BWW Review: BIG FISH is Larger Than Life at The Keegan Theatre

BWW Review: BIG FISH is Larger Than Life at The Keegan Theatre

BIG FISH fills every inch of the intimate Keegan Theatre and leaves more than a little magic in its wake. Based on the 1998 David Wallace novel and the 2003 Tim Burton film, BIG FISH revolves around traveling salesman Edward Bloom and the big stories he tells to his realist son Will. When Will finds out he's going to be father and must, at the same time, confront his father's mortality, he sets out to separate fact from fiction and find the man inside the myth.

BIG FISH resonates with big themes, bordering on "universal": the power of the father and son relationship, how and why we raise children, and what constitutes a BIG life? The story is patently touching, and under the direction of Mark A. Rhea and Colin Smith the tale is well told. The magic unfolds in a pleasantly minimalist space, courtesy of scenic designer Matthew Keenan. If the audience on the night of August 8th is any indication you will laugh, cry, cheer, and leave in high spirits. This is a wholesome, feel good musical you can really escape into.

BIG FISH operates on two timelines as young Will (Erik Peyton) and Edward Bloom (Dan Van Why) fall into Bloom's epic stories and adult Will (Ricky Drummond) and a declining Edward Bloom try to navigate the expanding gulf between them while wrestling with Edward's terminal diagnosis. To quote an exclamation at intermission, "Dan Van Why is exceedingly watchable." And thank goodness for that: the entire show rests on his shoulders. The magnetic Edward Bloom is charm and charisma personified, and Van Why has those in spades. Not to mention an excellent set of pipes. Eleanor Todd as Bloom's devoted wife Sandra is a powerhouse. Her "I Don't Need a Roof" was a quiet, heartfelt moment amidst all the magic and mayhem. She didn't miss an opportunity to tug on our emotional heartstrings with nothing but a pool of light on her expressive face.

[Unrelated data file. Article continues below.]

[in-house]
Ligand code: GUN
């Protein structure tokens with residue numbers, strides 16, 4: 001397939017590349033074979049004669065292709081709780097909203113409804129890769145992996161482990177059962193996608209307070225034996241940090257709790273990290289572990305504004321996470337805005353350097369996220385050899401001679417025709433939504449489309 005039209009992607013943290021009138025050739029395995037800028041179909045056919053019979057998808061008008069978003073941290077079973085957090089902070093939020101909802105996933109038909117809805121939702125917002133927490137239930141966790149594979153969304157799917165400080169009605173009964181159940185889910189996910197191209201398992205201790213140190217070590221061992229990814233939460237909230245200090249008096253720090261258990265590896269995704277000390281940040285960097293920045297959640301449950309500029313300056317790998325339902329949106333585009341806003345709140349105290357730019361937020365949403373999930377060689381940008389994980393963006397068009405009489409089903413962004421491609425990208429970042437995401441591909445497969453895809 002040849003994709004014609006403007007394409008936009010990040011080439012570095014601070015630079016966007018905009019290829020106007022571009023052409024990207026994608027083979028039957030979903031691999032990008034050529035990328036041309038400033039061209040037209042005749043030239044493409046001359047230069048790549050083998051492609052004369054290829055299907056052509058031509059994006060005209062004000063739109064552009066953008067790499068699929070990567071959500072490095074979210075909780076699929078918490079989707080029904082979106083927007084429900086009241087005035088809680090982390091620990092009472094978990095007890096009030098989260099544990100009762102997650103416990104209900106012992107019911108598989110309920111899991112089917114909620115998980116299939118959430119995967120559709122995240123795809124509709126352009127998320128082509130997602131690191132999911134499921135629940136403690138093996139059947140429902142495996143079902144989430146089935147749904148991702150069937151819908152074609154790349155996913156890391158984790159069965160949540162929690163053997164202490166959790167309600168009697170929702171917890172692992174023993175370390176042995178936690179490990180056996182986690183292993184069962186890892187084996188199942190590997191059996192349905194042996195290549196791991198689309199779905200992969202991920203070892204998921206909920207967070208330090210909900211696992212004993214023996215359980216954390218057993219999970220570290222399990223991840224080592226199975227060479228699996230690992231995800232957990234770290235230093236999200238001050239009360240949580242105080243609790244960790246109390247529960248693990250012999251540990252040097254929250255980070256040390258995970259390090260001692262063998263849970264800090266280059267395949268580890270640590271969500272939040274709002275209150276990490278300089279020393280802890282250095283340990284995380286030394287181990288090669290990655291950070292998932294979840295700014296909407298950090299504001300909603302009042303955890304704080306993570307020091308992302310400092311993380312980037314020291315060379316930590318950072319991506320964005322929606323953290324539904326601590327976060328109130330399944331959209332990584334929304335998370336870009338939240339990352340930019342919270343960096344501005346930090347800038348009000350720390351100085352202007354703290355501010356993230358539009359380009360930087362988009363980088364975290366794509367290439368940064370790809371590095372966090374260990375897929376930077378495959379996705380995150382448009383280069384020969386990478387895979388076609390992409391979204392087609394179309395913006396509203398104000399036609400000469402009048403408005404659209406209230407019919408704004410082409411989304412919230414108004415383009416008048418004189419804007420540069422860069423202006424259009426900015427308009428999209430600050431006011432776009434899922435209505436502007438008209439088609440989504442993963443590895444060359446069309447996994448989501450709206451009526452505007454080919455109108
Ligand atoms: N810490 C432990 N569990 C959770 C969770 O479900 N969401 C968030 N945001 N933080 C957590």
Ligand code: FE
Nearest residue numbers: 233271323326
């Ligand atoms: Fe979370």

The ensemble brings Bloom's stories to life with infectious joy, and there isn't a weak link among them. Katie McManus brings down the house with one song as The Witch, Eitan Mazia in his Keegan debut is hilarious as Bloom's high school nemesis Don Price, and Grant Saunders is unforgettable as Karl the giant. Keegan is a small theatre, and Patrick Lord's use of projection is some of the best use of multimedia I've seen in a theatrical production. Allan Weeks' magical lighting design helps maintain the fantastic illusion that is BIG FISH, while conductor/Pianist Jake Null and his musicians are the definition of professional.

Any failings are largely the fault of heavy handed writing and no fault of this spot on cast and creative team. The cringeworthy song "The River Between Us" explicates the growing divide between father and son to an almost comical level. Though there was not a dry eye in the house (mine included) as Edward Bloom (Dan Van Why) belts through "How It Ends" even through my weepy, cathartic haze I registered a missed opportunity. This show could have been so much more, so much bigger, if Andrew Lippa (music and lyrics) had put more trust in the audience to get it. Van Why and the rest of the cast, though occasionally weighed down by the book and libretto, manage to transcend at every turn and tap into truth and connection.

So what does it mean to live a big life, or even a meaningful life? Who will tell our stories when we're gone? The cast and creative team at Keegan Theatre tackle these questions with humor, and love above all else. At the start of Act II, our resident Odysseus Edward Bloom watches his young son engage with one of his stories as he implores him to "Fight the Dragons." While his son is occupied he adds quietly, "I'll fight the dragons till you can." It's a small aside, but the implications are larger than life.

BIG FISH is running at Keegan Theatre from August 5 now extended through September 9th. For tickets head to

Running Time: 2 hours and 20 minutes with one 15 minute intermission.

Pictured (left to right): Eleanor Todd and Dan Van Why. Photos by Cameron Whitman.

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From This Author Evann Normandin